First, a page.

Home birth not as safe, cost effective or satisfying as previously reported


Home birth not as safe, cost effective or satisfying as previously reported


Having a home-birth- similar experience in the hospital proves to be more financially feasible, safer, and more satisfying than an actual at home birth, according to new research appearing in the American Journal of Obstetrics & Gynecology.

Advocates of planned home birth have stressed its advantages for patient safety, low costs, respect for women's choices, and patient satisfaction. This new study closely examines each of these suggestions in an effort to pinpoint proper responses for health professionals who are concerned with planned home birth.

In recent years, planned home birth has risen in popularity throughout Europe and the United States.

Lead author Frank A. Chervenak, MD, the Given Foundation Professor and chairman of the Department of Obstetrics and Gynecology at Weill Cornell Medical College, and obstetrician and gynecologist-in-chief and director of maternal-fetal medicine at New York-Presbyterian Hospital/Weill Cornell Medical Center, said:

"Positions taken about planned home birth, in our view, are not compatible with professional responsibility for patients....We call on obstetricians, other concerned physicians, midwives, and other obstetric providers, and their professional associations not to support planned home birth when there are safe and compassionate hospital-based alternatives and to advocate for a safe home-birth-like experience in the hospital."

The authors analyzed evidence of obstetric results and found that planned home birth does not meet safety standards for patients presently. During home birth, surprise complications can develop during labor and can lead to late emergency treatment. When travel is required from home to an obstetric unit, the perinatal mortality rate was documented to be over eight times greater than without this transport.

Patient satisfaction is often reported as one of the main advantages of home birth, however, the researchers of this study found this satisfaction was weakened by a high incidence of mandatory emergency transport as well as delayed emergency care.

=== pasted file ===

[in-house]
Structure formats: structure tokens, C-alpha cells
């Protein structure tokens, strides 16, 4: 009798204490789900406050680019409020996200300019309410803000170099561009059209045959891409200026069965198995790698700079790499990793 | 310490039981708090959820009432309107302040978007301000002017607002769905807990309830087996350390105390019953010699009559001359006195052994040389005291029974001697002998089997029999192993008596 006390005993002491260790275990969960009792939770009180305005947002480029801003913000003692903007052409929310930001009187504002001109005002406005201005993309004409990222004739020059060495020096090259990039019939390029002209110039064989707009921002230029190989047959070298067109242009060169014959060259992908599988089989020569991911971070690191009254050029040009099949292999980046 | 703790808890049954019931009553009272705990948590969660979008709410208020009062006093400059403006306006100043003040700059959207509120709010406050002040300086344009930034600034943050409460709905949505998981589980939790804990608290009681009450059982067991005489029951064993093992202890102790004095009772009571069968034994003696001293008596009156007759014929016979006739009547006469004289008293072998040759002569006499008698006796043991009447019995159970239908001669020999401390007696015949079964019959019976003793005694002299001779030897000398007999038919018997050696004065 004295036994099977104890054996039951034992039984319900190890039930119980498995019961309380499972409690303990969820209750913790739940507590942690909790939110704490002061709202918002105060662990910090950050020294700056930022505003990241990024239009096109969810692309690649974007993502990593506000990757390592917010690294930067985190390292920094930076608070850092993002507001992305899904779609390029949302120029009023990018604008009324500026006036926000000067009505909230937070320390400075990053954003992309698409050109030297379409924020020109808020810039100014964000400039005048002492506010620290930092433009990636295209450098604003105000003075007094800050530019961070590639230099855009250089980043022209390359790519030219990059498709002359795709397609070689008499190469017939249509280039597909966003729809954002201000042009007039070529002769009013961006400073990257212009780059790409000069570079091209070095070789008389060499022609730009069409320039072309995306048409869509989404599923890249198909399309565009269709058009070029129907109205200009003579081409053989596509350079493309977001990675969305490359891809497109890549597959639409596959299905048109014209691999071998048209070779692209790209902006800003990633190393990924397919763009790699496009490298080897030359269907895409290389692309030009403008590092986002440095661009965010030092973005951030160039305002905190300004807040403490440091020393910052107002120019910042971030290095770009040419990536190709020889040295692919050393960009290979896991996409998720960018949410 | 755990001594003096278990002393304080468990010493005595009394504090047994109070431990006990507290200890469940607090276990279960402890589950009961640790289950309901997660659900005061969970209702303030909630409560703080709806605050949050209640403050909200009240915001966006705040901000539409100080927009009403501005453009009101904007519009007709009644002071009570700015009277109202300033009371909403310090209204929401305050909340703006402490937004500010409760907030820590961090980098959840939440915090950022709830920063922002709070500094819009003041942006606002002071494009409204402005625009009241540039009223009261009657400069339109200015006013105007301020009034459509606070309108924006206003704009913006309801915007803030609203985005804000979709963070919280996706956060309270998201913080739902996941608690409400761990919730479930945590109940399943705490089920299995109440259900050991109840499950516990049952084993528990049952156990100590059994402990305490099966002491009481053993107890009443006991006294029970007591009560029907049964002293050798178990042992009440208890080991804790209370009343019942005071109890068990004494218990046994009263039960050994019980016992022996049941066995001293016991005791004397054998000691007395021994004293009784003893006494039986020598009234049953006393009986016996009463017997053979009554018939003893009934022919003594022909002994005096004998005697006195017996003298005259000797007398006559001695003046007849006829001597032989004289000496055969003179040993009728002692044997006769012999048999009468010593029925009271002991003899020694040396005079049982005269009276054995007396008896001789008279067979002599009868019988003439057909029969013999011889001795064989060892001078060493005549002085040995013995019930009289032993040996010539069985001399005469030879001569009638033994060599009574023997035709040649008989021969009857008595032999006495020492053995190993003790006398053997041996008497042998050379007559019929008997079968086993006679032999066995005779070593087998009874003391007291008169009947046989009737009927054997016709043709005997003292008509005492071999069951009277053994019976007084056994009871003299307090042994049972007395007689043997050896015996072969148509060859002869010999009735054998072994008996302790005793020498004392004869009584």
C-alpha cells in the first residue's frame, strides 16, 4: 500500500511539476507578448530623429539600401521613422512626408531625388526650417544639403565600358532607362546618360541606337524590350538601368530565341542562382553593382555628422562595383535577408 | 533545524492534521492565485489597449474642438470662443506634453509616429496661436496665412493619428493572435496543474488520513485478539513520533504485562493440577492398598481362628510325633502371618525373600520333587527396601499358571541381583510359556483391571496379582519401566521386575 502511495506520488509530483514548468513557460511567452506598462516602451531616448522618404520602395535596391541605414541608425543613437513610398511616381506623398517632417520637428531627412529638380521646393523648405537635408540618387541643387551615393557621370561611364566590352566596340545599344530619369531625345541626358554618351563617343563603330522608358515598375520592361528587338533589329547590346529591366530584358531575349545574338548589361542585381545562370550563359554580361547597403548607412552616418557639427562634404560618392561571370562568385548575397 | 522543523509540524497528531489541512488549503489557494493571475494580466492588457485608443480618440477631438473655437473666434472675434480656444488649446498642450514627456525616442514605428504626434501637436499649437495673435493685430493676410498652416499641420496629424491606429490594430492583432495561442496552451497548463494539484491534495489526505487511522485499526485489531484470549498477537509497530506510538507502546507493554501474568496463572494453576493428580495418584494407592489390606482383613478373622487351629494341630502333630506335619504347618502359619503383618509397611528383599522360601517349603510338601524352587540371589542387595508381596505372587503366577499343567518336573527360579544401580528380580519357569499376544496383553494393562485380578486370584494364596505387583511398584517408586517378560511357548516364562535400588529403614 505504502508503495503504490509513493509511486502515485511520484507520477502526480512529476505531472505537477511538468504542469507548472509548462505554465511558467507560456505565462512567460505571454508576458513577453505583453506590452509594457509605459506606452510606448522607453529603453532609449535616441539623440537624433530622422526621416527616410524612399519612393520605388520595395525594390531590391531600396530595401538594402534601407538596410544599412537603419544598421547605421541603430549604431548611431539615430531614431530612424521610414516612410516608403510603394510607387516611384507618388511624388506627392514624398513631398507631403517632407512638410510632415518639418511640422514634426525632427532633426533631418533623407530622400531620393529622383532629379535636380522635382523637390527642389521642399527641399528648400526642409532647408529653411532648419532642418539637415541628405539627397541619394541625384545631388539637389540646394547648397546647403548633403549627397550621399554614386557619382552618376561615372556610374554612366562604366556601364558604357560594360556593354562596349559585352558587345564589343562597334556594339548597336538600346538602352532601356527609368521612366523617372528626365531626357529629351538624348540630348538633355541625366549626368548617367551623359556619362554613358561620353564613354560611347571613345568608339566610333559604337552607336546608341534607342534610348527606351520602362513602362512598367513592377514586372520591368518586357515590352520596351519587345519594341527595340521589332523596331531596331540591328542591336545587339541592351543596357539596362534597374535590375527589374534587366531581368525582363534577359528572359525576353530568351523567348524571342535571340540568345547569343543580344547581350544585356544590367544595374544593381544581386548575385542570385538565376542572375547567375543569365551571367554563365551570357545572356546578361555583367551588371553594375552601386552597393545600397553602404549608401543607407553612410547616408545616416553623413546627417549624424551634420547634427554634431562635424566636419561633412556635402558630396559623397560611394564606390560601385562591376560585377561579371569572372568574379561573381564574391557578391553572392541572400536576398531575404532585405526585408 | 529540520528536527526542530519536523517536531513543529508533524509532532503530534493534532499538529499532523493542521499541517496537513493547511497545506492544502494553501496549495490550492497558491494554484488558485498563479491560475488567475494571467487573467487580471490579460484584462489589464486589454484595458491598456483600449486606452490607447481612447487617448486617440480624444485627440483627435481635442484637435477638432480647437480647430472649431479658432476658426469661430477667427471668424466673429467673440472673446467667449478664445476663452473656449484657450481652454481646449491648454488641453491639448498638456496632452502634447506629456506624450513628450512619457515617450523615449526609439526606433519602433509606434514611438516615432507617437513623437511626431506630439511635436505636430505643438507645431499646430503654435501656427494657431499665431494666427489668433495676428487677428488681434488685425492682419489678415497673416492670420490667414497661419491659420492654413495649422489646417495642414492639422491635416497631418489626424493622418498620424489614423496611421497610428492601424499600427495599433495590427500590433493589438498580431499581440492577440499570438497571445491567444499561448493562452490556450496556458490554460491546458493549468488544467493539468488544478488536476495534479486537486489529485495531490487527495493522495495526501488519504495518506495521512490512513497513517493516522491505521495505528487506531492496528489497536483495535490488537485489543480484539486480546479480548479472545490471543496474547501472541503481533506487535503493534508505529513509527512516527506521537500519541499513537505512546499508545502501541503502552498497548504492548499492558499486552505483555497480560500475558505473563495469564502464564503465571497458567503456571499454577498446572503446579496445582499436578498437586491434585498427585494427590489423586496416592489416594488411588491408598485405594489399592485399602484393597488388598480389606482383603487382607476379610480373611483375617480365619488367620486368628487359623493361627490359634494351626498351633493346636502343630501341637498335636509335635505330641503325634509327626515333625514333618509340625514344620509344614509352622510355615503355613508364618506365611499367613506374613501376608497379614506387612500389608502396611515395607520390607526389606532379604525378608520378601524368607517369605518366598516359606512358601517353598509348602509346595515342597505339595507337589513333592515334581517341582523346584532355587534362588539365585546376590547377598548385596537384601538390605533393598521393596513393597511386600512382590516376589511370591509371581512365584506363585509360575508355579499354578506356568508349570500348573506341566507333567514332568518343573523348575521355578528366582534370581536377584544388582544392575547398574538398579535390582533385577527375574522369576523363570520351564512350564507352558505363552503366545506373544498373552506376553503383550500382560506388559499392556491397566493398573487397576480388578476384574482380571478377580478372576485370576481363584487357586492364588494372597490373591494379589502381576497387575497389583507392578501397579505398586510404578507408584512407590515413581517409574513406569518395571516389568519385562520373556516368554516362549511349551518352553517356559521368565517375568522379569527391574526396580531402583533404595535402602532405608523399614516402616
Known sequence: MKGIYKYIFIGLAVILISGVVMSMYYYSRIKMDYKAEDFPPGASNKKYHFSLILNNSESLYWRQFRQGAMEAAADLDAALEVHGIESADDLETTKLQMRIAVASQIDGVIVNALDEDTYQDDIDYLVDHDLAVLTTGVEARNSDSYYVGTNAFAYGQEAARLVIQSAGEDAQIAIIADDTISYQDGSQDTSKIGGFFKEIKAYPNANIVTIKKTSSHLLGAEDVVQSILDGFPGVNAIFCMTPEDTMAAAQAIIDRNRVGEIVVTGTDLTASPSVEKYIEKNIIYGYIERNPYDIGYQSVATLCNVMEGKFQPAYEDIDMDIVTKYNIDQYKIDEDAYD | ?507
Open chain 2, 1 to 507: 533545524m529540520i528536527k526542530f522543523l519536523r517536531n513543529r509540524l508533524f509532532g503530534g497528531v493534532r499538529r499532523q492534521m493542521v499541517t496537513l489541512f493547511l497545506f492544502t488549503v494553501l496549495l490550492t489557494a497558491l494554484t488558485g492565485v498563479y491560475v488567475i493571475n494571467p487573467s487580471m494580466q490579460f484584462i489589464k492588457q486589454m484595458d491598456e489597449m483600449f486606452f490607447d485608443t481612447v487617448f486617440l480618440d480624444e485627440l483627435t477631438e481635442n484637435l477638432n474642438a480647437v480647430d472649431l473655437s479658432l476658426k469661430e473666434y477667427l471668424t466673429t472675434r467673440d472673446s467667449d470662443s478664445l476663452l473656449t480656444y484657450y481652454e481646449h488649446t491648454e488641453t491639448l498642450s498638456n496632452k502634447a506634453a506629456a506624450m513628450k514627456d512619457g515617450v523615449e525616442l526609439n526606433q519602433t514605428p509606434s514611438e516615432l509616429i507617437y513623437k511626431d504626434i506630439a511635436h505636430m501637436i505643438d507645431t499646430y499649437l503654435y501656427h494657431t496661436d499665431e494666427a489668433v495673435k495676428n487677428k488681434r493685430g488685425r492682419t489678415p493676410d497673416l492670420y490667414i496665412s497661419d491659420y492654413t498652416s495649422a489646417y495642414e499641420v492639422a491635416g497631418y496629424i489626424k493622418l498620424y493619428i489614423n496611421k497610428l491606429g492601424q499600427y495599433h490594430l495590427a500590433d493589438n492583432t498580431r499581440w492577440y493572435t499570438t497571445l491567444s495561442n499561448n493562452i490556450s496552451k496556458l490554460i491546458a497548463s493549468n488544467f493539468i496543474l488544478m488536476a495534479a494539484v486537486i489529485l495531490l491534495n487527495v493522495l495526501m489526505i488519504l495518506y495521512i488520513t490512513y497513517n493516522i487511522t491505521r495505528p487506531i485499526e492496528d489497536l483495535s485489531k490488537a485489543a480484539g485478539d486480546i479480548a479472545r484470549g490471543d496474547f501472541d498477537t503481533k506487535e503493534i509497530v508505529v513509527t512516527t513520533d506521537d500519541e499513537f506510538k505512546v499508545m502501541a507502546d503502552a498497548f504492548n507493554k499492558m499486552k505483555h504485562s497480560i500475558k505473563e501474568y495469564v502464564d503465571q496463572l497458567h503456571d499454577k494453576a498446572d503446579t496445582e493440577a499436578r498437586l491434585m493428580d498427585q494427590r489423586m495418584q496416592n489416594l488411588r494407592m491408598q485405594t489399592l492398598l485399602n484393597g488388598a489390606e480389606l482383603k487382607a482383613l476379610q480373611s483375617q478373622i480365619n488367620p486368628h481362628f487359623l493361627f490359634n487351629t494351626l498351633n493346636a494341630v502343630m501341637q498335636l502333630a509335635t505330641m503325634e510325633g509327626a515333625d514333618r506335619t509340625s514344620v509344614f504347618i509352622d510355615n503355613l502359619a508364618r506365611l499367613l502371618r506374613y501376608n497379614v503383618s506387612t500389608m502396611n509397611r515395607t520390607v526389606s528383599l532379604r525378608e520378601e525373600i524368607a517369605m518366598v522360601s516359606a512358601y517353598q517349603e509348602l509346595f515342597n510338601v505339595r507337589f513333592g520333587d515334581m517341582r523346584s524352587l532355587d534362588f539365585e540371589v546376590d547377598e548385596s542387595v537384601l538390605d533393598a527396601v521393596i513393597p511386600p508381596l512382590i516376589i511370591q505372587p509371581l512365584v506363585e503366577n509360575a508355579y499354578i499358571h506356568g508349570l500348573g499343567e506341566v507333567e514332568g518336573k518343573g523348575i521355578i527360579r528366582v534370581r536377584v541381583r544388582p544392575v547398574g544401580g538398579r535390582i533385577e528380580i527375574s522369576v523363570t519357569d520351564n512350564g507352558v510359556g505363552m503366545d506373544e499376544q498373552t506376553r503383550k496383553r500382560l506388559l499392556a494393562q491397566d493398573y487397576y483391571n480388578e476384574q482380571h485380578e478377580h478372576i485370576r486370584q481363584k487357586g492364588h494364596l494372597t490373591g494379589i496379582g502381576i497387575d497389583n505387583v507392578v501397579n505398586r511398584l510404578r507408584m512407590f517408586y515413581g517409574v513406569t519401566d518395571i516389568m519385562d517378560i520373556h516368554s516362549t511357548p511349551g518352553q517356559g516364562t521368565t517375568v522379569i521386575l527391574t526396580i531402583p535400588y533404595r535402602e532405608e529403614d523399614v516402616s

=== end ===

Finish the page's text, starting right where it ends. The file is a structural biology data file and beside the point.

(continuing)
Other factors that compromised patient satisfaction were pain levels of the patient, anxiety about losing the baby during transport, and unhappiness with caregivers. Physicians and their staff can produce a home-birth-like environment in the hospital which can guarantee patient satisfaction and appropriate healthcare personnel.

On the topic of cost effectiveness, the authors cite a study that reports an increase in costs for home births that is three times greater; expenses include obstetrician services, a midwife, and patient transport. Examination of costs must also take into account:

  • professional liability
  • transport system maintenance
  • hospital admission
  • lifetime expenses of supporting neurologically disabled children
Lastly, the authors analyzed the relationship between women's rights and home birth. Their findings suggest that medical professionals should not let the unlimited rights of pregnant women dictate the location of the birth. They believe this would be unethical.

After examination of these four different claims, the researchers were able to develop appropriate responses to obstetricians' questions in reference to their responsibility for planned home birth. These topics include:

  • root cause of planned home birth recrudescence
  • responding to patients who ask about or request home birth
  • receiving a patient on emergency transport from planned home birth
  • planned home birth clinical trials
Professional associations of obstetricians have a responsibility to encourage patient safety, and reevaluate their statements on planned home birth, shifting them to agree with professional responsibility.

Dr. Chervenak concludes:

"Advocacy of planned home birth is a compelling example of what happens when ideology replaces professionally disciplined clinical judgment and policy. We urge obstetricians, other concerned physicians, midwives and other obstetric providers, and their professional associations to eschew rights-based reductionism in the ethics of planned home birth and replace rights-based reductionism with an ethics based professional responsibility."

The argument over hospital birth versus at home birth will continue. These authors' findings oppose findings from a previous review this year, stating that home birth is actually a realistic and safe option with less interventions and complications than hospital birth.


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Section Issues On Medicine: Women health